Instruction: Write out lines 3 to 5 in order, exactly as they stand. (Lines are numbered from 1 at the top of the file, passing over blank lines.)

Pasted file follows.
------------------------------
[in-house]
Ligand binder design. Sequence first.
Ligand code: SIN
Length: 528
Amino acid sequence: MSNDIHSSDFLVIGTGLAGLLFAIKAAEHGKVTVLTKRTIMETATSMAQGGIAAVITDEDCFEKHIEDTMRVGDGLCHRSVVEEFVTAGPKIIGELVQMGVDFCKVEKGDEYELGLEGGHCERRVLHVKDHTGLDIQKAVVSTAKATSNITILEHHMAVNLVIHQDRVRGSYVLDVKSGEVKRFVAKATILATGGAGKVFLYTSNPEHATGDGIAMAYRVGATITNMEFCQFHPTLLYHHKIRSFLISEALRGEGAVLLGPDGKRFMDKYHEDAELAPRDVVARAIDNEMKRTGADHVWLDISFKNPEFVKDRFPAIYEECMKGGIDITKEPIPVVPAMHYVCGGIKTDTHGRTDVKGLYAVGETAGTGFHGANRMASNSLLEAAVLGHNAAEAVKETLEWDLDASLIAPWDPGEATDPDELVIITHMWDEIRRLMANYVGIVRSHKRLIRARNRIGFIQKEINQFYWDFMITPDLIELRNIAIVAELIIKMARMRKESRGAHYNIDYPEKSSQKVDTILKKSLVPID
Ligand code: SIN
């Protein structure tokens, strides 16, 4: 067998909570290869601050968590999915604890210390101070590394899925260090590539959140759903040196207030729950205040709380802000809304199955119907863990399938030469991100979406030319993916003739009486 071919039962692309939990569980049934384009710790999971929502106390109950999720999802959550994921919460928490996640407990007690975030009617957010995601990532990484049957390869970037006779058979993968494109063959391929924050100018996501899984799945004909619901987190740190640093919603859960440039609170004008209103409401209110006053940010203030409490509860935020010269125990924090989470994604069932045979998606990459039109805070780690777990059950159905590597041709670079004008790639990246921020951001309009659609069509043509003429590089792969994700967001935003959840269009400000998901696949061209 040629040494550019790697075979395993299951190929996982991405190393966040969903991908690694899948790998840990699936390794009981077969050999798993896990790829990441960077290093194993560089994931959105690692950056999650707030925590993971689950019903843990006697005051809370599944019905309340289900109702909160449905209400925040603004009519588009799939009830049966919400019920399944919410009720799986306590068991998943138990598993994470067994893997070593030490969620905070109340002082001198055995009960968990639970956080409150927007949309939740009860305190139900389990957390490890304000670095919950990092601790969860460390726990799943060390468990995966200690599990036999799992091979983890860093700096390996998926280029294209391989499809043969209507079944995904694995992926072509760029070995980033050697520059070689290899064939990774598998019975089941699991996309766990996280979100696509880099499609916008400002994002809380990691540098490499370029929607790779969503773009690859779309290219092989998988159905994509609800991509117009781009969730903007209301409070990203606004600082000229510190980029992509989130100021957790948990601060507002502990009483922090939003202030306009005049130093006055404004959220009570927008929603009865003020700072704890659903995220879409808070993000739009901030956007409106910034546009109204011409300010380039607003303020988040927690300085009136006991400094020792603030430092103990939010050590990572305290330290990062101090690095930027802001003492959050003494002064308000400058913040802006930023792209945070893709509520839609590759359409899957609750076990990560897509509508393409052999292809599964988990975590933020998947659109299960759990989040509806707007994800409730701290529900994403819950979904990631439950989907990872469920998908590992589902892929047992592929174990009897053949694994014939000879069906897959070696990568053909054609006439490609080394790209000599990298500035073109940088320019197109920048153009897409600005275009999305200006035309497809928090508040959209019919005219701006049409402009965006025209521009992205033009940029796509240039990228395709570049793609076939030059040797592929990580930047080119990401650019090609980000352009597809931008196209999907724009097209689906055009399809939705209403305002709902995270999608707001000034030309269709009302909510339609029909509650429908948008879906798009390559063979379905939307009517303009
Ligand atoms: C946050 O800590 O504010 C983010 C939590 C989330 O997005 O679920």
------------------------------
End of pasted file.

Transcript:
Ligand code: SIN
Length: 528
Amino acid sequence: MSNDIHSSDFLVIGTGLAGLLFAIKAAEHGKVTVLTKRTIMETATSMAQGGIAAVITDEDCFEKHIEDTMRVGDGLCHRSVVEEFVTAGPKIIGELVQMGVDFCKVEKGDEYELGLEGGHCERRVLHVKDHTGLDIQKAVVSTAKATSNITILEHHMAVNLVIHQDRVRGSYVLDVKSGEVKRFVAKATILATGGAGKVFLYTSNPEHATGDGIAMAYRVGATITNMEFCQFHPTLLYHHKIRSFLISEALRGEGAVLLGPDGKRFMDKYHEDAELAPRDVVARAIDNEMKRTGADHVWLDISFKNPEFVKDRFPAIYEECMKGGIDITKEPIPVVPAMHYVCGGIKTDTHGRTDVKGLYAVGETAGTGFHGANRMASNSLLEAAVLGHNAAEAVKETLEWDLDASLIAPWDPGEATDPDELVIITHMWDEIRRLMANYVGIVRSHKRLIRARNRIGFIQKEINQFYWDFMITPDLIELRNIAIVAELIIKMARMRKESRGAHYNIDYPEKSSQKVDTILKKSLVPID